© 2022 MJH Life Sciences and Pharmacy Times – Pharmacy Practice News and Expert Insights. All rights reserved.
© 2022 MJH Life Sciences™ , Pharmacy Times – Pharmacy Practice News and Expert Insights. All rights reserved.
SGLT-2 inhibitors, GLP-1 receptor agonists, and a non-steroidal mineralocorticoid receptor are all showing promise in the prevention and management of diabetic kidney disease.
New developments and clinical trials in SGLT-2 inhibitors and GLP-1 receptor agonists are showing promise for the treatment of patients with diabetic kidney disease as a result of type 2 diabetes. Continued developments in this space could lead to more personalized care, according to research published in BMC Medicine.
Diabetic kidney disease is the most common cause of kidney failure and end-stage kidney disease worldwide and will develop in nearly half of all patients with type 2 diabetes. Additionally, it is a leading cause of cardiovascular disease and overall mortality in individuals with diabetes. With the incidence of type 2 diabetes continuing to rise, early detection and management of diabetic kidney disease is essential.
In a new review, investigators aimed to provide a comprehensive clinical update for diabetic kidney disease in patients with type 2 diabetes, with a specific focus on new treatment modalities. Several strategies exist to help prevent the development of diabetic kidney disease and slow its progression, in addition to healthy lifestyle changes. Current goals for patients with type 2 diabetes include managing glycemic control, controlling blood pressure, managing cholesterol levels, and implementing lifestyle changes.
SGLT-2 inhibitors have shown particular promise. Two double-blind, randomized, placebo-controlled trials (CREDENCE and DAPA-CKD) have included kidney disease endpoints as the primary outcome, according to the study.
In the CREDENCE trial, participants assigned to receive canagliflozin had a 30% reduced risk of the primary kidney composite outcome, including end-stage kidney disease, doubling of serum creatinine from baseline sustained for at least 30 days, or death from kidney or cardiovascular disease causes. A similar effect was seen in the DAPA-CKD trial, with participants in the dapagliflozin arm having a 39% reduced risk of the primary kidney composite outcome (>50% decline in estimated glomerular filtration rate or kidney- or cardiovascular-related death).
Other clinical trials with SGLT-2 inhibitors have investigated kidney disease outcomes as a secondary outcome. Four trials (EMPA-REG OUTCOME, CANVAS, DECLARE-TIMI 58, and EMPEROR REDUCED) reported lower rates of kidney disease composite outcomes in patients assigned to the active drug than patients assigned to placebo. One study, eValuation of ERTugliflozin efficacy and safety—CardioVascular outcomes (VERTIS-CV), reported no significant difference in their secondary kidney disease outcome between those receiving ertugliflozin versus placebo.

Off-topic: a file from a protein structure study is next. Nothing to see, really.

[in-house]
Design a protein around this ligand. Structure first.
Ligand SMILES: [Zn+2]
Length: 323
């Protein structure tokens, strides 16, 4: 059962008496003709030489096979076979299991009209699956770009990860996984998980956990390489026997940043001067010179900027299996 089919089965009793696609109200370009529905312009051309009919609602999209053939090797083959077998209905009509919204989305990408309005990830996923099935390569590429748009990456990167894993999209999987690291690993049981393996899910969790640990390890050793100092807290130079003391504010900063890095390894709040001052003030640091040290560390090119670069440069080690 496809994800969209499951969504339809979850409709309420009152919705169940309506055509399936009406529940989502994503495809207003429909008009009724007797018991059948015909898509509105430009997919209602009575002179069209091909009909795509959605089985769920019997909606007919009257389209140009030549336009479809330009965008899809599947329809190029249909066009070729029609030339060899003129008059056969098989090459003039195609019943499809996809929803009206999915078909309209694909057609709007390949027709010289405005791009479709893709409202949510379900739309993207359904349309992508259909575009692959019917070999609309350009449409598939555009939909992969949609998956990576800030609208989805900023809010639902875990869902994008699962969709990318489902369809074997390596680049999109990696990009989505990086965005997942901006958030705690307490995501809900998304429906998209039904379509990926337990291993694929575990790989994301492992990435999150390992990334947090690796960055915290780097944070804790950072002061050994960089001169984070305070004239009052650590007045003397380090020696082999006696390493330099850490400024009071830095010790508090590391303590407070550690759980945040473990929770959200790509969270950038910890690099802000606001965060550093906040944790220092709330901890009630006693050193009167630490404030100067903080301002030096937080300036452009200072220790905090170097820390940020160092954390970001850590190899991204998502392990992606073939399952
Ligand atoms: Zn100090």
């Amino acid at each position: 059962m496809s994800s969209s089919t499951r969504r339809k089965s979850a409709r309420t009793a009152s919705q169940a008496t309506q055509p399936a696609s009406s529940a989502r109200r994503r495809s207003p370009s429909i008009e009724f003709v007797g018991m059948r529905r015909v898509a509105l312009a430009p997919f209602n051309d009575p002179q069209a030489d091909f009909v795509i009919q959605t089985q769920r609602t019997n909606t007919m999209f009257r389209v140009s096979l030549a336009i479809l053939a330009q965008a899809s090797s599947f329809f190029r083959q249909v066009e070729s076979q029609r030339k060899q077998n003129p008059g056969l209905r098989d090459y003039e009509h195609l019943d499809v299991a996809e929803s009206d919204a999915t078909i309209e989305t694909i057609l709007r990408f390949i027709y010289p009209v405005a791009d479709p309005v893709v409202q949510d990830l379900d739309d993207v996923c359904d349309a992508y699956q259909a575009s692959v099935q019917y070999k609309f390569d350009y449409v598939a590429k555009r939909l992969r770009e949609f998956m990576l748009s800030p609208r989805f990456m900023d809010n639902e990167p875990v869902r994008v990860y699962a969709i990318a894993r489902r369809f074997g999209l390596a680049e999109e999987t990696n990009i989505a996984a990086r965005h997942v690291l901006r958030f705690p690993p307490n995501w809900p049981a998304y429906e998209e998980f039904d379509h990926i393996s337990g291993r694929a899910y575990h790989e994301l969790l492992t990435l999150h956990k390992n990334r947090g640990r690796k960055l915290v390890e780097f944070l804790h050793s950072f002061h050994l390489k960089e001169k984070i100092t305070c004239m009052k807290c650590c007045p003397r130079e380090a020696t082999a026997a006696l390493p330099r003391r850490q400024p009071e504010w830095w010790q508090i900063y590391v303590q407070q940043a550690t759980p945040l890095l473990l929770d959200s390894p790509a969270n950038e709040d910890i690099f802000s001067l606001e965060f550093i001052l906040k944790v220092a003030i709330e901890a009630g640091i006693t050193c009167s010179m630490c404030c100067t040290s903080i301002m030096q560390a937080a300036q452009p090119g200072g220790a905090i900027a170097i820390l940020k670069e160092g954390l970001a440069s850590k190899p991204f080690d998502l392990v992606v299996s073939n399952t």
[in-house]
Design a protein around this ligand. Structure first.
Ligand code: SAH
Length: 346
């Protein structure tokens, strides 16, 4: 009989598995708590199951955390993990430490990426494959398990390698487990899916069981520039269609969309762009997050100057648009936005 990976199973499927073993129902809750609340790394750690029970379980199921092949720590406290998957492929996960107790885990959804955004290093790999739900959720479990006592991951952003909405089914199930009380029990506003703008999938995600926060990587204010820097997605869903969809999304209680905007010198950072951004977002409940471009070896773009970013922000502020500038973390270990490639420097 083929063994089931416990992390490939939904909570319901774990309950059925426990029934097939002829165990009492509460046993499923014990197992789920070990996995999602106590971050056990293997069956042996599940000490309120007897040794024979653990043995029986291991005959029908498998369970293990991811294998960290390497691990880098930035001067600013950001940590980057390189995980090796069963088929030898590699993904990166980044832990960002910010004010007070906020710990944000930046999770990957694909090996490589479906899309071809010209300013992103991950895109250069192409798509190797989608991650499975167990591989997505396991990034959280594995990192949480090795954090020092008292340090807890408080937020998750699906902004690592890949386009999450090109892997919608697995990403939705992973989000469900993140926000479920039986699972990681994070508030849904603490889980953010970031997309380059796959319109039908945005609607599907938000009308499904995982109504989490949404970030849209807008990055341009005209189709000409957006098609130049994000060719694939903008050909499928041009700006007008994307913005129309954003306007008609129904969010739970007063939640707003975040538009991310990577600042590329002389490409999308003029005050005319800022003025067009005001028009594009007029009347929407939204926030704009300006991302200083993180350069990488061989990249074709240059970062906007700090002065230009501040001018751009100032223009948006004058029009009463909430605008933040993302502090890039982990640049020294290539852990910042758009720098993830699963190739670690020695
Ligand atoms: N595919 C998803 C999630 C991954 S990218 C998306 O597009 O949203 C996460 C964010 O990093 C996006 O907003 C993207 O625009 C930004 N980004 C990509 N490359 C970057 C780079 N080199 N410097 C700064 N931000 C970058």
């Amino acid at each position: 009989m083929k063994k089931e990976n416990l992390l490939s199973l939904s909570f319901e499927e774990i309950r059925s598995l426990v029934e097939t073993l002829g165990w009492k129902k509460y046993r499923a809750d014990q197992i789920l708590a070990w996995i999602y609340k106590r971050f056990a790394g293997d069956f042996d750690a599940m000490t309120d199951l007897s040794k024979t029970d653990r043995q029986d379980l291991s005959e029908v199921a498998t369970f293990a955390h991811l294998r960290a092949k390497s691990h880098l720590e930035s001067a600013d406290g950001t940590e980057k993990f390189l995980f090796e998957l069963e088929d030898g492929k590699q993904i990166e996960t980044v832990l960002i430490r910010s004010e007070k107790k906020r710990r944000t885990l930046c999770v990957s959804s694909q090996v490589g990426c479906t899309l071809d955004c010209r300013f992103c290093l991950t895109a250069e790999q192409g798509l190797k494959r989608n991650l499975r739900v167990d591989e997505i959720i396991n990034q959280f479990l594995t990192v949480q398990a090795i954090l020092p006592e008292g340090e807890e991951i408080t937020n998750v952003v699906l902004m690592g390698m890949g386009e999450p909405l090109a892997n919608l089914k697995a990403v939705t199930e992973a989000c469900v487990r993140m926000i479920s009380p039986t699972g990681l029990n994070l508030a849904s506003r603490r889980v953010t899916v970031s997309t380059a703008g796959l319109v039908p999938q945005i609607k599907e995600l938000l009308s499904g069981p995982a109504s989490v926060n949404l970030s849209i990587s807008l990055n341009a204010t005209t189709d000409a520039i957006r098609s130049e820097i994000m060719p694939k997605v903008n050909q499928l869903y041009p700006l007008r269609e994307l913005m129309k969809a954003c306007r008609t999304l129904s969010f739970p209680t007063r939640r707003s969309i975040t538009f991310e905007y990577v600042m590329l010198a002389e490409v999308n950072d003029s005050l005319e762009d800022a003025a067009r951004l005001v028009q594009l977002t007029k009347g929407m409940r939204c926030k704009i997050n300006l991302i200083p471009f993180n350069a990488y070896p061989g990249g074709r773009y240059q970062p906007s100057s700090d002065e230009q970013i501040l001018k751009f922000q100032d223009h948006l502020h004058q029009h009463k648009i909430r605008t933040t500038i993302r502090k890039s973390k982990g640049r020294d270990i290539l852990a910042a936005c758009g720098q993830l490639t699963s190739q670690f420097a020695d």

Cardiovascular outcome trials have also investigated GLP-1 receptor agonists in patients with type 2 diabetes with kidney disease outcomes as secondary outcomes, although there are currently no published studies of GLP-1 receptor agonists with kidney outcomes as primary outcome. These trials included investigations of liraglutide; dulaglutide; albiglutide plus standard blood glucose-lowering therapies; semaglutide; lixisenatide; and efpeglenatide. All of these trials reported significantly lower rates of kidney disease outcomes in participants assigned to the active drug compared with those assigned to placebo, or active drug compared to insulin.
Other GLP-1 receptor agonist trials have reported on individual kidney disease measures. In the Harmony Outcomes trial, researchers found a between-group difference (albiglutide vs placebo) in change in eGFR at 8 months and at 16 months. Similarly, the SUSTAIN-6 trial reported a significantly lower risk of new or worsening nephropathy or persistent macroalbuminuria among those receiving semaglutide compared with placebo.
Two recent studies have reported on the effects of a non-steroidal mineralocorticoid receptor antagonist, finerenone, on kidney disease outcomes. Finerenone demonstrated positive results in the FIDELIO-DKD trial with kidney disease endpoints as primary outcomes. Specifically, participants assigned to finerenone had an 18% lower risk of the primary composite outcome compared with those assigned to placebo.
The FIGARO-DKD trial included kidney disease endpoints as secondary outcomes. Participants assigned to finerenone had a 23% lower risk of the composite kidney disease outcome of first occurrence of kidney failure, sustained decrease from baseline eGFR of 57% or greater for 4 or more weeks, or kidney disease death.
Both the FIDELIO-DKD and FIGARO-DKD trials included participants with type 2 diabetes and diabetic kidney disease who were on a maximally tolerated dose of an angiotensin-converting enzyme inhibitor or angiotensin receptor blocker.
Based on these findings, the investigators concluded that treatment with SGLT-2 inhibitors and GLP-1 receptor agonists has proven to reduce the risk for a combined major adverse cardiovascular event endpoint. Despite these new therapeutic opportunities, the risk of diabetic kidney disease progression remains. Evidence does suggest, however, that treatment with a mineralocorticoid receptor could play a role in controlling inflammation and fibrosis in this progression.
Forst T, Mathieu C, Giorgino F, Wheeler D, Papanas N, Schmieder R, et al. New strategies to improve clinical outcomes for diabetic kidney disease. BMC Medicine. October 10, 2022. Accessed October 24, 2022. https://bmcmedicine.biomedcentral.com/articles/10.1186/s12916-022-02539-2